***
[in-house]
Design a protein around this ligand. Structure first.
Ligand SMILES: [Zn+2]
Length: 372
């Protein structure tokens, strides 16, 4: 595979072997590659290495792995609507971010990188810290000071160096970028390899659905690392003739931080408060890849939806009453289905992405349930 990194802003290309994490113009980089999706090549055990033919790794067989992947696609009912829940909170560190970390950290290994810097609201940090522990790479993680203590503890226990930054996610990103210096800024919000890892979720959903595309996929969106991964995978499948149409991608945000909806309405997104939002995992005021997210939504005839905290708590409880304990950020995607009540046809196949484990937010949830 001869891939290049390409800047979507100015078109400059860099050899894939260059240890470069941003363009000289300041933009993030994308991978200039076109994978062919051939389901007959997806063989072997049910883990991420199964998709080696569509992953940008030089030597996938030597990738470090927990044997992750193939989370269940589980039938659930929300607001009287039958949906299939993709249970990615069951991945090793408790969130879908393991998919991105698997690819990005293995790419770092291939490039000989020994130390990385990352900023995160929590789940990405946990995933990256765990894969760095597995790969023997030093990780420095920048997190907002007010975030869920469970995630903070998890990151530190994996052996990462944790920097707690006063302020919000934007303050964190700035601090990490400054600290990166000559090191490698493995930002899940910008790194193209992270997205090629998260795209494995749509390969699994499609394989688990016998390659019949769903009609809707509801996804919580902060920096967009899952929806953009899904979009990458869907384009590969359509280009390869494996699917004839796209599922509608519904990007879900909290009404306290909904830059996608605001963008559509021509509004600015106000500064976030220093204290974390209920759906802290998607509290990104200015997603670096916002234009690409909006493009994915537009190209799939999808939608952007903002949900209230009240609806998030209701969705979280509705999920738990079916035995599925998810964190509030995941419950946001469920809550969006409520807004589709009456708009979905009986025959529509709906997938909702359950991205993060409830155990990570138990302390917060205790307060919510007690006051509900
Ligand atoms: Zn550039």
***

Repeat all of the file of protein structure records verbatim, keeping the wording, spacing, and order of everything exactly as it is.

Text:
[in-house]
Design a protein around this ligand. Structure first.
Ligand SMILES: [Zn+2]
Length: 372
């Protein structure tokens, strides 16, 4: 595979072997590659290495792995609507971010990188810290000071160096970028390899659905690392003739931080408060890849939806009453289905992405349930 990194802003290309994490113009980089999706090549055990033919790794067989992947696609009912829940909170560190970390950290290994810097609201940090522990790479993680203590503890226990930054996610990103210096800024919000890892979720959903595309996929969106991964995978499948149409991608945000909806309405997104939002995992005021997210939504005839905290708590409880304990950020995607009540046809196949484990937010949830 001869891939290049390409800047979507100015078109400059860099050899894939260059240890470069941003363009000289300041933009993030994308991978200039076109994978062919051939389901007959997806063989072997049910883990991420199964998709080696569509992953940008030089030597996938030597990738470090927990044997992750193939989370269940589980039938659930929300607001009287039958949906299939993709249970990615069951991945090793408790969130879908393991998919991105698997690819990005293995790419770092291939490039000989020994130390990385990352900023995160929590789940990405946990995933990256765990894969760095597995790969023997030093990780420095920048997190907002007010975030869920469970995630903070998890990151530190994996052996990462944790920097707690006063302020919000934007303050964190700035601090990490400054600290990166000559090191490698493995930002899940910008790194193209992270997205090629998260795209494995749509390969699994499609394989688990016998390659019949769903009609809707509801996804919580902060920096967009899952929806953009899904979009990458869907384009590969359509280009390869494996699917004839796209599922509608519904990007879900909290009404306290909904830059996608605001963008559509021509509004600015106000500064976030220093204290974390209920759906802290998607509290990104200015997603670096916002234009690409909006493009994915537009190209799939999808939608952007903002949900209230009240609806998030209701969705979280509705999920738990079916035995599925998810964190509030995941419950946001469920809550969006409520807004589709009456708009979905009986025959529509709906997938909702359950991205993060409830155990990570138990302390917060205790307060919510007690006051509900
Ligand atoms: Zn550039």